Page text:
The problem is not one of seeking to control one particular party or another. We are seeking to control the intimidation, and that is why we have decided to send these additional personnel to Rhodesia, as I described in the Statement. The noble Lord, Lord Goronwy-Roberts, asked us to remember that the breaches of the cease-fire were committed by all the parties—or at least a good many of them—and were not just on one side. I have some figures before me: of the 129 breaches of the cease-fire on which the cease-fire Commission have so far reached a conclusion, no fewer than 87 have been committed by ZANLA forces or forces operating in the ZANLA area of operations. The cease-fire Commission reaches its conclusions with the agreement of the ZANLA member on the Commission, so I think I can say quite firmly that there is no doubt whatever that the proportions that we have described in terms of ceasefire breaches are accurate and accepted by all sides.

The noble Lord, Lord Gladwyn, suggested that it was unhelpful to go on, for example, calling Mr. Mugabe a Marxist. Be that as it may, the fact is that Mr. Mugabe calls himself a Marxist—and, indeed, why not? He is entitled to his views and we respect them. As for the civilian observers, to which I referred just now, they are going, as I have said, to discourage would-be intimidators from their dreadful task at the polling stations in rural areas. They will be very well placed to do that.

We do not think that any useful purpose would be served at this stage by increasing the size of the monitoring force. The monitoring force is there to monitor, and they are doing that entirely successfully and satisfactorily. We would only need to increase the size of the monitoring force if we were to give them some new and additional role. We have no plans to do that.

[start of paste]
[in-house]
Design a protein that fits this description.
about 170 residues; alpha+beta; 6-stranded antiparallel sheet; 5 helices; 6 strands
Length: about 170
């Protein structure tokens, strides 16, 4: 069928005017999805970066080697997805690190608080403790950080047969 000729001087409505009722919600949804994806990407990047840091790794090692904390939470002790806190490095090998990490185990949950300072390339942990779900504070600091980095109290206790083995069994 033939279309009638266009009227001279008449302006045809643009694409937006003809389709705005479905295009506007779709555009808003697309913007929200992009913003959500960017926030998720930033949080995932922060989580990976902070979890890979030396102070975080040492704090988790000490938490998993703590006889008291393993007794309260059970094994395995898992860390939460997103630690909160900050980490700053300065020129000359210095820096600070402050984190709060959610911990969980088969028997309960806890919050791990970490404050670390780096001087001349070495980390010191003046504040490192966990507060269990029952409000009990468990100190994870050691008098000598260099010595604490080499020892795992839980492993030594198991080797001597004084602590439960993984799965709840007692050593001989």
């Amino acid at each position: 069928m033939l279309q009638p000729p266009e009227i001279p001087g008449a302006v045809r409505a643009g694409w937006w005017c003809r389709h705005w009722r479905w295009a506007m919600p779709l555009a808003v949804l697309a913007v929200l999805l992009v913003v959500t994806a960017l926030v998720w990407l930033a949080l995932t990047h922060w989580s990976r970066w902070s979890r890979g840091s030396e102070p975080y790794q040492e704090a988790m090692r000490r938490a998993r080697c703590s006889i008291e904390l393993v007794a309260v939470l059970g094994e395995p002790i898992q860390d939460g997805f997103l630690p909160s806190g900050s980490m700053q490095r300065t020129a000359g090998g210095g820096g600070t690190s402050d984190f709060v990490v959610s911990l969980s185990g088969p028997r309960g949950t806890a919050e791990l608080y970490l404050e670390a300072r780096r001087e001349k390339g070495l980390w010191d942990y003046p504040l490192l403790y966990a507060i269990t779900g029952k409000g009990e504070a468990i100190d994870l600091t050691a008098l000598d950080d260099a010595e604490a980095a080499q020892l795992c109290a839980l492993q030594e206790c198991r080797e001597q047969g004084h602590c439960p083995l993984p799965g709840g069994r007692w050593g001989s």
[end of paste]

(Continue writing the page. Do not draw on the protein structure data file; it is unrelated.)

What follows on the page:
I am sorry that I omitted to answer the question put to me about Mr. Todd. He called on the Rhodesian Attorney-General yesterday and made a statement which brought to light some circumstances which he had not previously disclosed. The Attorney-General is considering, in the light of this statement whether or not a prosecution should succeed. I understand that Mr. Todd is seeing the Governor later today.

Lord HOME of the HIRSEL

My Lords, I wonder whether my noble friend could help the House with some facts. Is it a fact that there are some 6,000 of Mr. Mugabe's supporters outside the assembly areas and still with arms? If that or something like that number is a fact, is it not a direct contravention of the agreement signed in London? While the Governor will undoubtedly not want to use his powers, is it not extremely dangerous to allow a situation of that kind to continue which might wreck the whole prospect of a settlement?


My Lords, it is certainly essential that every party to the elections in Rhodesia should observe the provisions of the Lancaster House agreement. I can confirm what my noble friend said about the numbers who are outside the assembly areas and who are still carrying arms.